var keyJoin = Rx.Observable.Join(
    cKey.And(oKey).Then(function(c, o) { return "CO pressed!"; }));

Then we can subscribe to the results of this join to alert when I’ve typed the letters C and O in the textbox.  Note that the two keys don’t have to be in a certain order and there can be keys in between.

keyJoin.Subscribe(function(event) { alert(event); });

We can extend this example to add another pattern in which we listen for the letters D and E in our textbox and fire a different notification.  To make that happen, we simply add another pattern to the Join method.  We can add as many Join patterns as we wish to get the right behavior our application needs.

var dKey = $("#textBox")
    .toObservable("keyup")
    .Where(function(key) { 
        return String.fromCharCode(key.keyCode) === "D"; });
        
var eKey = $("#textBox")
    .toObservable("keyup")
    .Where(function(key) { 
        return String.fromCharCode(key.keyCode) === "E"; });
        
var keyJoin = Rx.Observable.Join(
    cKey.And(oKey).Then(function(c, o) { return "CO pressed!"; }),
    dKey.And(eKey).Then(function(d, e) { return "DE pressed!"; }));        
    
keyJoin.Subscribe(function(event) { alert(event); });    

Let’s look at another example, this time let’s take an example where we have three pending transactions, but only really care if two of them succeed.  In this case, we’ll port one of Erik’s Microsoft Translator examples where those transactions will be going to the Microsoft Translator and then translating a given sentence into three languages, but we only care if two returns and we don’t care which.  Let’s first start off by defining our translate function using the integration with jQuery and the Reactive Extensions for JavaScript to translate some text from one language to another.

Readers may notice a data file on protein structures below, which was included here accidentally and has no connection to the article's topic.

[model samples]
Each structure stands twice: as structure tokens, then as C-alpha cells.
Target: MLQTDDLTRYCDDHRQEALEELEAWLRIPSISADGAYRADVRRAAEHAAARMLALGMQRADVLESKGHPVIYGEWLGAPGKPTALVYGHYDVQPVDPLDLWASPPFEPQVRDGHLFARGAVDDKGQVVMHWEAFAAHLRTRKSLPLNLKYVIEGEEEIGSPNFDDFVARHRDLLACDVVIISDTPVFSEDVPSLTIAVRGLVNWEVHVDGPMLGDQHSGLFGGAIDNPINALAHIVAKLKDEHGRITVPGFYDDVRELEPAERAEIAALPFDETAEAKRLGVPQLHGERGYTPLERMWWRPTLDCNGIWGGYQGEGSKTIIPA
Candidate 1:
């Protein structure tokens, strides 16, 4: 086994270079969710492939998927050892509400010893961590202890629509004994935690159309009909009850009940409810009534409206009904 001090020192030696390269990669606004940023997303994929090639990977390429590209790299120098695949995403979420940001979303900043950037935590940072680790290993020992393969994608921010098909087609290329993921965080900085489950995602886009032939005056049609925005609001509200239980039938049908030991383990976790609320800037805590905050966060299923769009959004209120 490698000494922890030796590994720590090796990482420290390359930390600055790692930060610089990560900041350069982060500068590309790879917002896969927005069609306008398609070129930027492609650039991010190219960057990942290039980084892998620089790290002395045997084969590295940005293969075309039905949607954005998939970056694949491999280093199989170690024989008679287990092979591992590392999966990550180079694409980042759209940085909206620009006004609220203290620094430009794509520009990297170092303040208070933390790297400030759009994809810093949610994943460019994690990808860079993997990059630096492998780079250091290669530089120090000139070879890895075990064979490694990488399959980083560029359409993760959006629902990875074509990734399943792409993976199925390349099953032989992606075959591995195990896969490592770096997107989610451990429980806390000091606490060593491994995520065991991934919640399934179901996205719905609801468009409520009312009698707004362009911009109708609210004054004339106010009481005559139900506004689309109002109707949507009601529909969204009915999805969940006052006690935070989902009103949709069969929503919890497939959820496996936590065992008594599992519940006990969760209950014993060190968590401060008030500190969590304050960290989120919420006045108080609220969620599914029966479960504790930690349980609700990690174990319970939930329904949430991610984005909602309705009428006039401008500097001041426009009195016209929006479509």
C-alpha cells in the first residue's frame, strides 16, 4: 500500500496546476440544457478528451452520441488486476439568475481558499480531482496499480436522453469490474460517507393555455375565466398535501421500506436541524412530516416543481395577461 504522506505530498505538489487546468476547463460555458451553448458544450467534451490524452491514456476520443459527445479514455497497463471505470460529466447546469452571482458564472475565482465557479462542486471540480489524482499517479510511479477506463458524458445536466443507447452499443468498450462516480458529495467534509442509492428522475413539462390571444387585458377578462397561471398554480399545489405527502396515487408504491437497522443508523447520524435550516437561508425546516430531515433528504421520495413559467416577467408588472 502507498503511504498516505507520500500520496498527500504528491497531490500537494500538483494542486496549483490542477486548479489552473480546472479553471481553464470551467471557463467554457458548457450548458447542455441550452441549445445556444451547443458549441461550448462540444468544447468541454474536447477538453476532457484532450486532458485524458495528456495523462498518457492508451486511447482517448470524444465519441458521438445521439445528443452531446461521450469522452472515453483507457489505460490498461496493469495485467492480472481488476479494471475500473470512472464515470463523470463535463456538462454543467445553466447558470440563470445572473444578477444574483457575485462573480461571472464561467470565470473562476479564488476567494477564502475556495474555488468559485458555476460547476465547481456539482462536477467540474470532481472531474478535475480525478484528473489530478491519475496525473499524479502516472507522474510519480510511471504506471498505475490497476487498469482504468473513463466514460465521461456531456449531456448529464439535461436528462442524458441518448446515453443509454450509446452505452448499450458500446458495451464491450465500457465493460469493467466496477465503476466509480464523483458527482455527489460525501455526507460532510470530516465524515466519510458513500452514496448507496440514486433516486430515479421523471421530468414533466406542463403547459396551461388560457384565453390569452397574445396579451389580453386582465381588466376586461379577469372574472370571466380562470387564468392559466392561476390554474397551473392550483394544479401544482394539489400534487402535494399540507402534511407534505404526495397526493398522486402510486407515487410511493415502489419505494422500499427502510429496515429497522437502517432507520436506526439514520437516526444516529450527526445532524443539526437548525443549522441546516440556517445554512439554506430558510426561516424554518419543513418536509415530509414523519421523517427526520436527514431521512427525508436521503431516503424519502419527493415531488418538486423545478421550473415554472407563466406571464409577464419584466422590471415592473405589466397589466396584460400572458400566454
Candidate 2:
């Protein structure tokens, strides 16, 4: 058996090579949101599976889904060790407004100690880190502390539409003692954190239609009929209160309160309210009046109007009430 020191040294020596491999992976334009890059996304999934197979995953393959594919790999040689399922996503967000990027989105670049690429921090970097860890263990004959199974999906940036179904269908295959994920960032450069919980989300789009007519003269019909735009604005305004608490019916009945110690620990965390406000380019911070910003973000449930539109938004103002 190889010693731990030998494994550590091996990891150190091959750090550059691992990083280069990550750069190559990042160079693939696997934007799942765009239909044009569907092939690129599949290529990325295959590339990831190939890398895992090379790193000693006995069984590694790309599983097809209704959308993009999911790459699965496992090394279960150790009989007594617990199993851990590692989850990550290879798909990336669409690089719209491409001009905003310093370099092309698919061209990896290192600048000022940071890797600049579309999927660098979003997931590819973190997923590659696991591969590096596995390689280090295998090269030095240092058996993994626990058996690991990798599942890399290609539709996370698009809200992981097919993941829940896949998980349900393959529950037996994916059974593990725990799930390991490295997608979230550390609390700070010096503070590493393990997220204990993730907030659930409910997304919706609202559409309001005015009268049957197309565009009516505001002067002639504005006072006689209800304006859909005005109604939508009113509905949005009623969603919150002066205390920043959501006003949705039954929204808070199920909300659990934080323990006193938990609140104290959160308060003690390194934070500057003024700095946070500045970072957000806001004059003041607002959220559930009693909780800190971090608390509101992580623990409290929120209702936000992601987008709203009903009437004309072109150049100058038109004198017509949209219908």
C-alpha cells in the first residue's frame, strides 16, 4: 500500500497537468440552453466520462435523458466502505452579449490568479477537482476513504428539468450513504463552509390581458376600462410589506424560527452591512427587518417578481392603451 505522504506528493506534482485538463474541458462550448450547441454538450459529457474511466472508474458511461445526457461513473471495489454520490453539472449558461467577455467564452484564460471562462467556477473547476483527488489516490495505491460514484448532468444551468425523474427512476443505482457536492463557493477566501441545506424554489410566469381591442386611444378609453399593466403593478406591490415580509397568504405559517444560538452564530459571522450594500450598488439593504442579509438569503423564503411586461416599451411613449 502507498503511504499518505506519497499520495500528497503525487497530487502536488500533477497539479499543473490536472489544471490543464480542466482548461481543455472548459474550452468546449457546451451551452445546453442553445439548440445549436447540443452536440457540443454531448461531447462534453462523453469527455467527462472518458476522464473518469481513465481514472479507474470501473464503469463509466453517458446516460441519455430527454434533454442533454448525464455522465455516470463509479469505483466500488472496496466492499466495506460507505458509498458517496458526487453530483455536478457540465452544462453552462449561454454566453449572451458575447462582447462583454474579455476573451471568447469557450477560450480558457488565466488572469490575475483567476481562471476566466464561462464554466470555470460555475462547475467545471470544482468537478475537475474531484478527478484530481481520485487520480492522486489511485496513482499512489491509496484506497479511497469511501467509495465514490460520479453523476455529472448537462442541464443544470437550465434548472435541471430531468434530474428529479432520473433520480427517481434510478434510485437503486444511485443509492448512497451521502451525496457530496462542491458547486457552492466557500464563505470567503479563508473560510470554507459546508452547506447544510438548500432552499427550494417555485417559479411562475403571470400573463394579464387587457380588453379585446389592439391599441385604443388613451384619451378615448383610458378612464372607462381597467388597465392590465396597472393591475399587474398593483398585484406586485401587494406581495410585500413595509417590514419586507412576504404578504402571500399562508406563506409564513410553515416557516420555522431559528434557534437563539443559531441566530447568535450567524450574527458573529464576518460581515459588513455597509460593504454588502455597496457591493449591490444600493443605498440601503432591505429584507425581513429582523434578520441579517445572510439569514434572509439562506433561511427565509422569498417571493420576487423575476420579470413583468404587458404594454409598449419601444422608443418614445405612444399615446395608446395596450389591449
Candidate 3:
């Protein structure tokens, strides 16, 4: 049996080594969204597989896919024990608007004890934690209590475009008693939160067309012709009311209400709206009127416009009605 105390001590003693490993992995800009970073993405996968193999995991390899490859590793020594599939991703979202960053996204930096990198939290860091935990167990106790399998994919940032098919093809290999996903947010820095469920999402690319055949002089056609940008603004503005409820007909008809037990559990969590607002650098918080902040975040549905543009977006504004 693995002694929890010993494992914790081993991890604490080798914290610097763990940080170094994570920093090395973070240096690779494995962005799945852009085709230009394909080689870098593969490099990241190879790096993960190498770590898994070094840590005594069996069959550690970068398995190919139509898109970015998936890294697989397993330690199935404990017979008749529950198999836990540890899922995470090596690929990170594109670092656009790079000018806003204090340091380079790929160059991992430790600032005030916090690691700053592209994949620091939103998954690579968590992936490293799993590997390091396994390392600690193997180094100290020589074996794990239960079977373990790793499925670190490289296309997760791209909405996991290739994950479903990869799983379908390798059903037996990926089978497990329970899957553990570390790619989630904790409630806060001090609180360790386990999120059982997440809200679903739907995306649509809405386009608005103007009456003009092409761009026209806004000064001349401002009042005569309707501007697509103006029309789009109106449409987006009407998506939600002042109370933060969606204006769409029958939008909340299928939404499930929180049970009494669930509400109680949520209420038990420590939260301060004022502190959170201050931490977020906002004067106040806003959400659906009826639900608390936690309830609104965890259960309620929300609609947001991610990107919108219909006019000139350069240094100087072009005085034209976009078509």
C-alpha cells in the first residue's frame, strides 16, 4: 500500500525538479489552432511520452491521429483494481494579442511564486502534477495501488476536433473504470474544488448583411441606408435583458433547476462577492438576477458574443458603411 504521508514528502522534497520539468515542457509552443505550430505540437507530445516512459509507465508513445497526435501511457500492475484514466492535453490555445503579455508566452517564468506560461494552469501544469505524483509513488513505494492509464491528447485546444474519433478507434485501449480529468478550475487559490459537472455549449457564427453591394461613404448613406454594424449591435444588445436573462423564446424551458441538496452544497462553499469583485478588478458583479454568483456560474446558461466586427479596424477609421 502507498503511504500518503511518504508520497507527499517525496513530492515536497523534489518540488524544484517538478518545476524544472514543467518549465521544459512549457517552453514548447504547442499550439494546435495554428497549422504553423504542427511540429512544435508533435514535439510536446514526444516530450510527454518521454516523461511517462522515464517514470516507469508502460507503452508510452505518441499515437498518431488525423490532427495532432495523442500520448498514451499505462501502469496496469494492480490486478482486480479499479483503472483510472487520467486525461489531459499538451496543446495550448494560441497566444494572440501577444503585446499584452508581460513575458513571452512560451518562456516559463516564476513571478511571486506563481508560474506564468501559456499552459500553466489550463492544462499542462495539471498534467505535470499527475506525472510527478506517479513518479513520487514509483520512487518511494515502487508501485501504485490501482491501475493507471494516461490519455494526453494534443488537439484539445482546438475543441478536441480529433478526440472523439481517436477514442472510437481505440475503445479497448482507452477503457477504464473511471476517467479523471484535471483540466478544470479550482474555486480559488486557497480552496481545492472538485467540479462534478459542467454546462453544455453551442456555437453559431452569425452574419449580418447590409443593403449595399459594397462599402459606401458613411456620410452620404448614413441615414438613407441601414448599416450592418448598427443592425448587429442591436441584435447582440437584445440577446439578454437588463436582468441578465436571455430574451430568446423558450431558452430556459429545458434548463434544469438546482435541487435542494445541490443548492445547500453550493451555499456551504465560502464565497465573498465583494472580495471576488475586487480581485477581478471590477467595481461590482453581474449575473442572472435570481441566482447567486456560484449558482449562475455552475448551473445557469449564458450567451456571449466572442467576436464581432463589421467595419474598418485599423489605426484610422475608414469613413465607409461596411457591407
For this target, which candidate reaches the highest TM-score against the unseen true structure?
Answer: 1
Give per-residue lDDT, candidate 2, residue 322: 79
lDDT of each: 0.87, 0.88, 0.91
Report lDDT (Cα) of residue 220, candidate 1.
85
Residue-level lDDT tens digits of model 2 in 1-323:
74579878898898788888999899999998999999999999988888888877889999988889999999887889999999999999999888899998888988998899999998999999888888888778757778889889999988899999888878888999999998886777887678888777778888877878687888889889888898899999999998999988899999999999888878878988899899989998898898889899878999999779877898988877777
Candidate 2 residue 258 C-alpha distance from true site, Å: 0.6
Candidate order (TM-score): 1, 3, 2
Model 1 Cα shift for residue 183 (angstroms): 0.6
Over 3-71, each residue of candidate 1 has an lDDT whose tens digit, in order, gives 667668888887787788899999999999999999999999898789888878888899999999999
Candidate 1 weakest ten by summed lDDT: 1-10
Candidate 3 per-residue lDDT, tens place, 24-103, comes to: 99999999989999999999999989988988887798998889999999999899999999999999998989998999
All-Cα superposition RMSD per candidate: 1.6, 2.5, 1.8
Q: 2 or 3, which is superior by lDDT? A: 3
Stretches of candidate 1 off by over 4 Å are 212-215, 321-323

function translate(from, to, text) {
    var appId = "someappid";
    var serviceUrl = "http://api.microsofttranslator.com/V2/Ajax.svc/Translate";

    return $.getJSONAsObservable(
        serviceUrl,
        { appId : appId,
          from : from,
          to : to,
          text : text });
}

Now we’re going to kick off the action when our translate button has been clicked.

$("#translateButton")
    .toObservable("click")
    .Subscribe(function() {

Then we’re going to get the text and call the translate in the three different languages, Dutch, Spanish and French.

var text = $("#textToTranslate").val();

// Let's do some translating!
var from = "en";
var dutch = translate(from, "nl", text);
var spanish = translate(from, "es", text);